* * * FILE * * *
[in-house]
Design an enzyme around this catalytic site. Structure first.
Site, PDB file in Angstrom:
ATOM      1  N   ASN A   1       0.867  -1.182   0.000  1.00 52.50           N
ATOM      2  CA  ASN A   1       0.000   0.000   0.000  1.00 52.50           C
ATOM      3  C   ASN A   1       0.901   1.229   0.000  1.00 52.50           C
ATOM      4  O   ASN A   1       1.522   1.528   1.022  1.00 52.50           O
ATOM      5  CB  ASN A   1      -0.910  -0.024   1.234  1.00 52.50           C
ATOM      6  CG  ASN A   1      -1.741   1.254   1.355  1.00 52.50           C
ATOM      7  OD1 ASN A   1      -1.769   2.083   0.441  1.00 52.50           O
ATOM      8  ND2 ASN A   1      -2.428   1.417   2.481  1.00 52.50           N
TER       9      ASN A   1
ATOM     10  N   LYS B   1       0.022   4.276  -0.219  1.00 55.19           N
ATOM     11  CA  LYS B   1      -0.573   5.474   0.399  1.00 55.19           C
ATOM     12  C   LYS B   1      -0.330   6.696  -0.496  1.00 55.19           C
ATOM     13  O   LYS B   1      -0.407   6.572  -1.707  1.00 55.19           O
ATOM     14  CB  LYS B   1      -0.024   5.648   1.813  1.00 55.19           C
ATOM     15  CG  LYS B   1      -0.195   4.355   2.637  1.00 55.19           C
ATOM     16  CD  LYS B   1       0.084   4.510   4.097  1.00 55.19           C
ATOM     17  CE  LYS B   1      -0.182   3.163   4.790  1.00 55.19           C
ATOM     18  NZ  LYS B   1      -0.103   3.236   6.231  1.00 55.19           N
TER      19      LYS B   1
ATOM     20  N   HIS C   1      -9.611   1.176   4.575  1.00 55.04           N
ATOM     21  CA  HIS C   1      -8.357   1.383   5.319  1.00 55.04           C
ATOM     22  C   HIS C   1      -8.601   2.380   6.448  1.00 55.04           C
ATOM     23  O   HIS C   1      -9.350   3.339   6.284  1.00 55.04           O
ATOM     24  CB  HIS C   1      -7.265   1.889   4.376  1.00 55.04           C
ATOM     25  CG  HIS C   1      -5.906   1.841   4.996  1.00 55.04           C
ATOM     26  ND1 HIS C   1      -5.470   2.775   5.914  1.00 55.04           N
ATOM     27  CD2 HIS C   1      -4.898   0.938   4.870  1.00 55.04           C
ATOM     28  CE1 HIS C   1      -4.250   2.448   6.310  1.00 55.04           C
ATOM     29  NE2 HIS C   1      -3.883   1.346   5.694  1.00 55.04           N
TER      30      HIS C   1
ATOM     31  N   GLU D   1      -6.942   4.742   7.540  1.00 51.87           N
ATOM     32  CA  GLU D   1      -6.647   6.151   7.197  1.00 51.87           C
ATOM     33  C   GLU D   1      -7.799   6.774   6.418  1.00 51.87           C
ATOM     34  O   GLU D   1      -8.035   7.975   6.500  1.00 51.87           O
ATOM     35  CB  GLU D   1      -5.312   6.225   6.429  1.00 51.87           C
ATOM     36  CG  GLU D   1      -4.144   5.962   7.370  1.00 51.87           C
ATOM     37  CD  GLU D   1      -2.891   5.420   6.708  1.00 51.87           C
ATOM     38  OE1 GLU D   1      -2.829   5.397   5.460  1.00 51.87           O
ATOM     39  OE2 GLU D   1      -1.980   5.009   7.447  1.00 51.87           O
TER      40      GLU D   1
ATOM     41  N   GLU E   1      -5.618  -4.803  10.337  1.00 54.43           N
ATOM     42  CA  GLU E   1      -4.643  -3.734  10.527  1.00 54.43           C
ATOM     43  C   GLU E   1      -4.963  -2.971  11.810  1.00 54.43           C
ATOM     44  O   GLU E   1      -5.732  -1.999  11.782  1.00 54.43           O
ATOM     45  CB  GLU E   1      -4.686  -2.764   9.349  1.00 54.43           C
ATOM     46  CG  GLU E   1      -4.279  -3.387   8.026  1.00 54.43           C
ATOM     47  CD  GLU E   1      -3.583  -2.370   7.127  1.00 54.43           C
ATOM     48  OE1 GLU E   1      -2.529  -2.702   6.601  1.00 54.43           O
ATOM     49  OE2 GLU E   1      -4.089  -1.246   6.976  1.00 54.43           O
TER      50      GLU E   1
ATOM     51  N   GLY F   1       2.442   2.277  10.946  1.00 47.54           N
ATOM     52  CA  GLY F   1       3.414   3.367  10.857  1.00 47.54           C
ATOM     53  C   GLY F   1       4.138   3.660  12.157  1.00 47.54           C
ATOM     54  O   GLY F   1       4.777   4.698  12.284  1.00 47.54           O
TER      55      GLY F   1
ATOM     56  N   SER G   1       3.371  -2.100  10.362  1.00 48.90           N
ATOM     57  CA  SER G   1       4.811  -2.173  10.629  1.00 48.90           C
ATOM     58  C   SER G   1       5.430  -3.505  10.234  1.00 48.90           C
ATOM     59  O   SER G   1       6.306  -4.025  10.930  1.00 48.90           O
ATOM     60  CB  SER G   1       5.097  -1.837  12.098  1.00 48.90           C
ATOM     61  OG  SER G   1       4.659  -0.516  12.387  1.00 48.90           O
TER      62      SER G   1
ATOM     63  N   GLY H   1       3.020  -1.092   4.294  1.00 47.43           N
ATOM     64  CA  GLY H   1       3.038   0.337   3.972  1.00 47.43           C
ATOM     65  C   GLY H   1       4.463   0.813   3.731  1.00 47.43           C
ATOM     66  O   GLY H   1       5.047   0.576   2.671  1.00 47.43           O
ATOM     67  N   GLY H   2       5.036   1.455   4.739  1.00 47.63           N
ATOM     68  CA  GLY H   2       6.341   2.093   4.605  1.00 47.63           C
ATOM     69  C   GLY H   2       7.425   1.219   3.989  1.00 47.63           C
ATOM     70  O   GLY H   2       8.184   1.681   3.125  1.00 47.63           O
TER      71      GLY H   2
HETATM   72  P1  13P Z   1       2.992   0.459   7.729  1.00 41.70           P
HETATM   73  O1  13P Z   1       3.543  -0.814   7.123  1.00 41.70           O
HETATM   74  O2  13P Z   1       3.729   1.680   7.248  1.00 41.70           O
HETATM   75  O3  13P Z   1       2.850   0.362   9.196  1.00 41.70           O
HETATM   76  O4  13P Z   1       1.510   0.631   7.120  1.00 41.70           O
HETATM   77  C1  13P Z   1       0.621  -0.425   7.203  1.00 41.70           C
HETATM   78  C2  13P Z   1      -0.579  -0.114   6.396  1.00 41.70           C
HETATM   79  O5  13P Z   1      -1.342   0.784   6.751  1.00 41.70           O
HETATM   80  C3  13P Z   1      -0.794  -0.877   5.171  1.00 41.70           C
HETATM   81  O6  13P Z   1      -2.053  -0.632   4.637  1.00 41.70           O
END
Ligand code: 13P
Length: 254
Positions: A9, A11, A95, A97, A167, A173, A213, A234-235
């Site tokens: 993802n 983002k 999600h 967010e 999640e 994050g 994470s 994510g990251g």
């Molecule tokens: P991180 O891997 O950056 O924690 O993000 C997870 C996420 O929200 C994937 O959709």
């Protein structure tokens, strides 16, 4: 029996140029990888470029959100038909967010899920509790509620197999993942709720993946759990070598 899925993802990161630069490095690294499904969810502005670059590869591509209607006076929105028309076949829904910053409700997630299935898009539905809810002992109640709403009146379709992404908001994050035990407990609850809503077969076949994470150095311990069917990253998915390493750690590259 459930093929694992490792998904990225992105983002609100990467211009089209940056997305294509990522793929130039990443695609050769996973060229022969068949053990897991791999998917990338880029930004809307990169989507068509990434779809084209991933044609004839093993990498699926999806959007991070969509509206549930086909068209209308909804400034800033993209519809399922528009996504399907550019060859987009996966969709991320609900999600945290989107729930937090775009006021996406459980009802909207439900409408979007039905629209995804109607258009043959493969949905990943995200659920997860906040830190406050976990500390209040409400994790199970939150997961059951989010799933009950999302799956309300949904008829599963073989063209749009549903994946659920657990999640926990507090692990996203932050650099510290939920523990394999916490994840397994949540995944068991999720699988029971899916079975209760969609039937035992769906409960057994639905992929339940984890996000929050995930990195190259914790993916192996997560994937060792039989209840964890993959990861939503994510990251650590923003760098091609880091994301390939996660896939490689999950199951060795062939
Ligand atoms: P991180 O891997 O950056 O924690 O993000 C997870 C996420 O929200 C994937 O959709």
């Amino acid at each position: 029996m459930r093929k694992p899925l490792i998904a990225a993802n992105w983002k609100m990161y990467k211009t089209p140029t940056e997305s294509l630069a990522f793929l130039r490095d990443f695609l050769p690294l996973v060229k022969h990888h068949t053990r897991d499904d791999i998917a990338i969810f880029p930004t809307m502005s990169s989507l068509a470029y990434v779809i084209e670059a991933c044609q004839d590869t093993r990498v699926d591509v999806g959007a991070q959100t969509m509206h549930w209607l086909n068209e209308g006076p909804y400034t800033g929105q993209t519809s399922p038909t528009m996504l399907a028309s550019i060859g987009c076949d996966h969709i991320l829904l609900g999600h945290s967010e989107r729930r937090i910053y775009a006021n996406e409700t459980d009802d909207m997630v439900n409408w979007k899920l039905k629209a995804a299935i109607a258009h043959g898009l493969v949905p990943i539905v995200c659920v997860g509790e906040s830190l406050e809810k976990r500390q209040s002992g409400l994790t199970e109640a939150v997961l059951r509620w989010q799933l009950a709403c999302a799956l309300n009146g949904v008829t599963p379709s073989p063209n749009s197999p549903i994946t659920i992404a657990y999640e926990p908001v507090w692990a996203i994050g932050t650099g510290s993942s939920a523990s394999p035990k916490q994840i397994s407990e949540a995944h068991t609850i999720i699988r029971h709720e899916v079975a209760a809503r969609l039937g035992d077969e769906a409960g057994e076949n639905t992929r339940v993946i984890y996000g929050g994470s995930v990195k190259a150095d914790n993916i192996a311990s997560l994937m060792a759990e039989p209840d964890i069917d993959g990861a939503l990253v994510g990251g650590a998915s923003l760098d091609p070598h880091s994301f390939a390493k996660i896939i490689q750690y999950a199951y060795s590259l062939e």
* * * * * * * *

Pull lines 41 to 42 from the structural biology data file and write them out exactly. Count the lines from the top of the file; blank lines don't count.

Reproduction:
ATOM     38  OE1 GLU D   1      -2.829   5.397   5.460  1.00 51.87           O
ATOM     39  OE2 GLU D   1      -1.980   5.009   7.447  1.00 51.87           O